Ethereum’s highly anticipated Constantinople upgrade, which was planned to be released on January 16th, has once again changed the date for February 27th. This was decided as of today when core developers were conducting a phone call meeting.
The reason behind the postponement for the upgrade is due to a vulnerability which was discovered by smart contract auditor ChainSecurity. According to the information published by them, one of Ethereum Improvement Proposals (EIPs), specifically EIP 1283, which is to introduce cheaper gas costs for certain operations, “as an unwanted side effect, this enables reentrancy attacks” for “certain Solidity smart contracts.”
Reentrancy attacks happen when hackers send falsified information on the amount of Ethereum coins they have gained in their accounts to Ethereum network, while repeatedly sending fund requests. Although without a code vulnerability such attacks would fail completely, and ChainSecurity says that the currently live, a pre-fork network has no signs of such vulnerabilities.
Due to this vulnerability, Constantinople will not feature the inclusion of the problematical EIP, which will be placed under testing and refashioned for inclusion for a subsequent hard ford. Constantinople will be issued for two parts simultaneously on the main network.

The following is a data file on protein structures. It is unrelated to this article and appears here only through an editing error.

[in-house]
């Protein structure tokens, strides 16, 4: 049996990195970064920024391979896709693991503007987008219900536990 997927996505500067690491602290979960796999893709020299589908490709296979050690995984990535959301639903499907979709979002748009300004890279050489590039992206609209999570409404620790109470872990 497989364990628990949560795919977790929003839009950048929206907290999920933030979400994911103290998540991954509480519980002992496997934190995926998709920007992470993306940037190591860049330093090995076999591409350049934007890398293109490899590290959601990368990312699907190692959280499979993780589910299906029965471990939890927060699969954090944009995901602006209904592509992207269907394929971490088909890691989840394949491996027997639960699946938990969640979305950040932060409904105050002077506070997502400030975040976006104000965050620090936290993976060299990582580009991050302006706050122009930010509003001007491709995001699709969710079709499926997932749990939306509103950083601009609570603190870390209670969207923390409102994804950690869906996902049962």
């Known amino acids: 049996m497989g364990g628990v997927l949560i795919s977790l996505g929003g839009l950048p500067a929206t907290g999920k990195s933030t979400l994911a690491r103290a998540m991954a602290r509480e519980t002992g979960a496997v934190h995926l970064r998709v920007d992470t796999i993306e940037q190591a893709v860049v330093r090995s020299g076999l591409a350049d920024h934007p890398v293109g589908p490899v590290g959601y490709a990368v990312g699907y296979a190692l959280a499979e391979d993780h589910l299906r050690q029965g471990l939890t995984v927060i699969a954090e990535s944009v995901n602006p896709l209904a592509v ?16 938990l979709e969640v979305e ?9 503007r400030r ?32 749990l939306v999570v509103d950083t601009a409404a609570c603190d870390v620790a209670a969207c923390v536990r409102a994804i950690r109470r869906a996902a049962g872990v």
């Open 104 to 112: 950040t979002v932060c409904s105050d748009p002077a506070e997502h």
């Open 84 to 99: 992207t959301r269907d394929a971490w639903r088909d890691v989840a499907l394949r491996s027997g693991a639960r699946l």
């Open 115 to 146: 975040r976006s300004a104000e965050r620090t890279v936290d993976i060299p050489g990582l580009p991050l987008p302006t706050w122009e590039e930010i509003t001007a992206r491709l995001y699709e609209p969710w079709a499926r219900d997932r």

The first upgrade shall include every five original EIPs and a second upgrade will remove EIP 1283. This will make sure the nodes have already been implemented Constantinople before its postponed can fix the issue by removing EIP 1283 without any need for rollbacks.
The main reason why the Ethereum blockchain must undergo a hard for is due to Constantinople being a backward-incompatible upgrade. Its also a non-contentious hard fork, which means there is no debate on whether it should happen or not.